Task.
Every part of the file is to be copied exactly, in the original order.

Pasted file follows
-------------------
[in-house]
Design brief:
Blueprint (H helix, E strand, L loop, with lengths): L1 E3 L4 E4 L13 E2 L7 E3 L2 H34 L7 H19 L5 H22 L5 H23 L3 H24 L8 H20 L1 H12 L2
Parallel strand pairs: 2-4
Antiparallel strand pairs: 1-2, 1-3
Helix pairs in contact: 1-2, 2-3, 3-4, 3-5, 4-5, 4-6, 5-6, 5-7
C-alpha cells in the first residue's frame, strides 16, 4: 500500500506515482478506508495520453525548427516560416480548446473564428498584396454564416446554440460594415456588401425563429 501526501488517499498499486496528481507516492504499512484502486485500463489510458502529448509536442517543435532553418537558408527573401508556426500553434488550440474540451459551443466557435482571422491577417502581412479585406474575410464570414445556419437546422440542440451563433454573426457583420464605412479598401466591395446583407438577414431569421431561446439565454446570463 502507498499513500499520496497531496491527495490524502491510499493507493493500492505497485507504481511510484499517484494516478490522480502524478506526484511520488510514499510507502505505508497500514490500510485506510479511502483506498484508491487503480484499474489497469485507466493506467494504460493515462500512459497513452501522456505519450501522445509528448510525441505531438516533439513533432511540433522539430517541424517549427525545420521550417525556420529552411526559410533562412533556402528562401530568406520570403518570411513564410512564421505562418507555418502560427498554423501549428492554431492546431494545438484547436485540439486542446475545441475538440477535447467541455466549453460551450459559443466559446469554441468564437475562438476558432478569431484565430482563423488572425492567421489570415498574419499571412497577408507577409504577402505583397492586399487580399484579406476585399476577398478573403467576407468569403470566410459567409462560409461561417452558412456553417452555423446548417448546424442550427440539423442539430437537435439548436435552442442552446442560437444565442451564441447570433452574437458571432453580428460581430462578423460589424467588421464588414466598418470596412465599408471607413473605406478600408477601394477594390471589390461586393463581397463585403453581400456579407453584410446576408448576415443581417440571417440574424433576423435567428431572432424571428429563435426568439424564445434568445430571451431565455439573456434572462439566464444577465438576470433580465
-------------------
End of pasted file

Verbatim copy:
[in-house]
Design brief:
Blueprint (H helix, E strand, L loop, with lengths): L1 E3 L4 E4 L13 E2 L7 E3 L2 H34 L7 H19 L5 H22 L5 H23 L3 H24 L8 H20 L1 H12 L2
Parallel strand pairs: 2-4
Antiparallel strand pairs: 1-2, 1-3
Helix pairs in contact: 1-2, 2-3, 3-4, 3-5, 4-5, 4-6, 5-6, 5-7
C-alpha cells in the first residue's frame, strides 16, 4: 500500500506515482478506508495520453525548427516560416480548446473564428498584396454564416446554440460594415456588401425563429 501526501488517499498499486496528481507516492504499512484502486485500463489510458502529448509536442517543435532553418537558408527573401508556426500553434488550440474540451459551443466557435482571422491577417502581412479585406474575410464570414445556419437546422440542440451563433454573426457583420464605412479598401466591395446583407438577414431569421431561446439565454446570463 502507498499513500499520496497531496491527495490524502491510499493507493493500492505497485507504481511510484499517484494516478490522480502524478506526484511520488510514499510507502505505508497500514490500510485506510479511502483506498484508491487503480484499474489497469485507466493506467494504460493515462500512459497513452501522456505519450501522445509528448510525441505531438516533439513533432511540433522539430517541424517549427525545420521550417525556420529552411526559410533562412533556402528562401530568406520570403518570411513564410512564421505562418507555418502560427498554423501549428492554431492546431494545438484547436485540439486542446475545441475538440477535447467541455466549453460551450459559443466559446469554441468564437475562438476558432478569431484565430482563423488572425492567421489570415498574419499571412497577408507577409504577402505583397492586399487580399484579406476585399476577398478573403467576407468569403470566410459567409462560409461561417452558412456553417452555423446548417448546424442550427440539423442539430437537435439548436435552442442552446442560437444565442451564441447570433452574437458571432453580428460581430462578423460589424467588421464588414466598418470596412465599408471607413473605406478600408477601394477594390471589390461586393463581397463585403453581400456579407453584410446576408448576415443581417440571417440574424433576423435567428431572432424571428429563435426568439424564445434568445430571451431565455439573456434572462439566464444577465438576470433580465